5 Super Tips to Help Turn Your Child into a Super Reader

Learning to read is mysterious and somewhat magical too, every time and for everyone. It is not always easy and even we adults have to face our challenges with it. It is all okay. And even if you have mixed feelings about your own reading powers, you can raise your child to become a super reader (and feel like one yourself!). We know how important reading is to every human: of course as a student in school a child with strong super reading skills will do well in every subject area. But reading is also about a deeply personal freedom: it’s about making a choice that will comfort you, inspire you and help you learn something new. It’s about having a lifelong “go to” way to never be alone, to achieve greatly and to be delighted, nourished and energized when you most need it.


Keep in mind something that has everything to do with your child learning to read: your child loves you. Your child sees you as a hero, a role model, even when you stumble, even when you are not perfect. So you being there to show that reading is something that matters in life is a very big deal. And by doing so, you will change your child’s life forever.


Here are five super tips to help make all this happen:

1. Surround your child with words and stories.

Words and stories are everywhere: let’s make sure the child’s own environment is full of them. Of course I love books but it’s not all about books. Let’s start with books: both on and offline, getting kids near to books is really the absolute most wonderful thing we can do for them. Talk with your child’s school and teacher and advocate for books to be sent home regularly. Connect with your local library. Buy books if at all possible. Have apps on your phone that your child can use to read when they “borrow” your phone. Podcasts too and fun reading games also are all great for building your child’s strengths instead of playing repetitive games all the time. When I talk about the “surround” effect though, I mean also everything from the back of the cereal box (let your child read them while eating breakfast!) and instructions, directions, street signs, text messages from loved ones and more. Finally, last but not least, the stories of your life and the lives of your elders and ancestors also contribute to the reading life of your child. How, you may ask? Being a role model for storytelling shows that you care for the power of story which is at the heart of all reading. And telling stories is a literacy strategy teachers use in the classroom too. It is a way of marinating your children in the sound of language, in rich ideas and narrative structures.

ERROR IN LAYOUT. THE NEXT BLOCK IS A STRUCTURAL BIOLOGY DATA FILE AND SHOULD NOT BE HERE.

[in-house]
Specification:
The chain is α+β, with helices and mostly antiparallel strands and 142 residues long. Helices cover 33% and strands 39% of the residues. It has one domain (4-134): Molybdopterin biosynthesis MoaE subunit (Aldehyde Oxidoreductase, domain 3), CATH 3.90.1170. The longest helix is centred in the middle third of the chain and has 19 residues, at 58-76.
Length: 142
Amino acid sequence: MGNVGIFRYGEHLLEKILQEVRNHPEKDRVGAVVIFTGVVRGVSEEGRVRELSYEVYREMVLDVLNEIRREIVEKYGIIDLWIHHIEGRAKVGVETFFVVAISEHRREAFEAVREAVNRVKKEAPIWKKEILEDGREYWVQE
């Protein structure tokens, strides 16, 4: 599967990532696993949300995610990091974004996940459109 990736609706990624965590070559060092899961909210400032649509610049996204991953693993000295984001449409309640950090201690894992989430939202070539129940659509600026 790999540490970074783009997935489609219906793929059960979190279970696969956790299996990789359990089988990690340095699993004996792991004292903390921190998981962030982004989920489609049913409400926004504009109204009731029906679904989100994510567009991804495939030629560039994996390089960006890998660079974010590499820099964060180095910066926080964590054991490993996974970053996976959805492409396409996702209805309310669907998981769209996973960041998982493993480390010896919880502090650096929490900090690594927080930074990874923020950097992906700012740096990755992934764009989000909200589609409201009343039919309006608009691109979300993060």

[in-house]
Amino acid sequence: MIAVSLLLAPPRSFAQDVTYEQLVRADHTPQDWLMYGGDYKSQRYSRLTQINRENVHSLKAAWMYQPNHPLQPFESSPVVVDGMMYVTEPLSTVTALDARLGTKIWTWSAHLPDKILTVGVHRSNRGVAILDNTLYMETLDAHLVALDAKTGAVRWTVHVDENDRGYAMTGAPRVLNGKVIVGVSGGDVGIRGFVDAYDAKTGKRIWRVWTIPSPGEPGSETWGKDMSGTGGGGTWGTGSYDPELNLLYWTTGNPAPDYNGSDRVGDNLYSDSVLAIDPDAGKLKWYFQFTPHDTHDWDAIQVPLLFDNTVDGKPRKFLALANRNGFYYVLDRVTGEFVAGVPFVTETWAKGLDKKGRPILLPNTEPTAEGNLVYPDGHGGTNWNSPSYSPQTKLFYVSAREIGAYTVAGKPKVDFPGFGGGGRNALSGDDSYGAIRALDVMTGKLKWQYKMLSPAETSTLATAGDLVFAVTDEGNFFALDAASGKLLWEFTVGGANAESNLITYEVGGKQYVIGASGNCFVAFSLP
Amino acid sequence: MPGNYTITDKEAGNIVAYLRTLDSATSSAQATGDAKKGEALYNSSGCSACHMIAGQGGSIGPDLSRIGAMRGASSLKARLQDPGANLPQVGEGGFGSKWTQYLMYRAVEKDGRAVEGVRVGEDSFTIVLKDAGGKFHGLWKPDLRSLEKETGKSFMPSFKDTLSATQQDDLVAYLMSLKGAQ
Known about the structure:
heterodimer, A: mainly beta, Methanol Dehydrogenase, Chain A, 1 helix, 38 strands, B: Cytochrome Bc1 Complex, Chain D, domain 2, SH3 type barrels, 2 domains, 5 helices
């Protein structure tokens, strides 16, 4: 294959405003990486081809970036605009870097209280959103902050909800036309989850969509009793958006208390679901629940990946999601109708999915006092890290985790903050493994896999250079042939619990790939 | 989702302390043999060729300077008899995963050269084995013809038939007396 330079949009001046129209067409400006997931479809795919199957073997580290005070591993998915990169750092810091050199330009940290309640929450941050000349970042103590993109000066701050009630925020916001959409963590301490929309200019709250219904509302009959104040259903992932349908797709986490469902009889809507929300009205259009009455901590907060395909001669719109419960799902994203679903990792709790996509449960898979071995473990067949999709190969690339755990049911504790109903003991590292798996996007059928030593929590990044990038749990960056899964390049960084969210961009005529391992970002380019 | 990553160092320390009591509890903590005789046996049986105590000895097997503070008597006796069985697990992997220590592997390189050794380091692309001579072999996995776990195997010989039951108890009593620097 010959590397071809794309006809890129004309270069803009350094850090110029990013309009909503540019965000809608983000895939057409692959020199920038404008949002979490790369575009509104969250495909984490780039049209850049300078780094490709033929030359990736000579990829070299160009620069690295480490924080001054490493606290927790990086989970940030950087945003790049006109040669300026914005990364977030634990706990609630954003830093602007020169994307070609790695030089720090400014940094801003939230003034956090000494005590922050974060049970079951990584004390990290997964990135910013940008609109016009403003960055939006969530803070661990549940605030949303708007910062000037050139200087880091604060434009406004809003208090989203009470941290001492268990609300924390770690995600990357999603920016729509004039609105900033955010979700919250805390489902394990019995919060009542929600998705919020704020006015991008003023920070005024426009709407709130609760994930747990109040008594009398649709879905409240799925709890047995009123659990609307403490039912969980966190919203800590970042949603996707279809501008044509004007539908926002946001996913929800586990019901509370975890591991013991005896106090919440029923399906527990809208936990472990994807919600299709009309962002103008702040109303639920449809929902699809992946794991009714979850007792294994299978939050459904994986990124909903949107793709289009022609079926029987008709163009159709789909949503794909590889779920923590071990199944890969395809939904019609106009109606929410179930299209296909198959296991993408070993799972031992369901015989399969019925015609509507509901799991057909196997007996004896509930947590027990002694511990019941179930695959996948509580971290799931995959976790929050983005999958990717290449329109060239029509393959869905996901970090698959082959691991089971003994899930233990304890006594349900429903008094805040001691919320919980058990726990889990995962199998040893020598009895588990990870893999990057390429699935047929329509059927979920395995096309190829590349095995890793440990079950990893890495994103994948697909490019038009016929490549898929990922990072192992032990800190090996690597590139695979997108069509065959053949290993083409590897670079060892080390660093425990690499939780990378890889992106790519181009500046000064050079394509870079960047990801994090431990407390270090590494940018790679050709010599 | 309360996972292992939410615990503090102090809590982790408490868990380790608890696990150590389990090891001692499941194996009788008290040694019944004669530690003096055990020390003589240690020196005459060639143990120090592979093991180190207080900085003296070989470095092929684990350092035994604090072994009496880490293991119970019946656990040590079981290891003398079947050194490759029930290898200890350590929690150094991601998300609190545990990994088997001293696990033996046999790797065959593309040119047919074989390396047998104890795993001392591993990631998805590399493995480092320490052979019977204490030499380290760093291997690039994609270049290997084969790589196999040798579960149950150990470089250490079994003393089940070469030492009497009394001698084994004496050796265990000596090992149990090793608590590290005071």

2. Give your child choice and voice

Let’s give our children a way to make choices about what they read: at school they are often not given many opportunities to make choices. At home, if they like to read comics, let them do just that, over and over. If they want to reread a favorite book, let them do that too. Compliment them for making choices. Invite the conversation about choices: ask them why that book or text feels interesting to them. Be an inquiring supporter. Don’t judge them for reading books that might seem “too easy”. Rereading and reading “easier” books is all part of growing as a reader, and savoring the ways reading and books can help us feel good or learn something new. If your child has passions, connect those to books you find at the library and online or at bookstores. Let your child not like a book! Sometimes I think kids think we as adults like all books but one of the hallmarks of a voracious reader is that we don’t like everything we read! Give your child agency and empowerment over their choices and also their strong opinions, We are raising strong humans as we raise strong readers.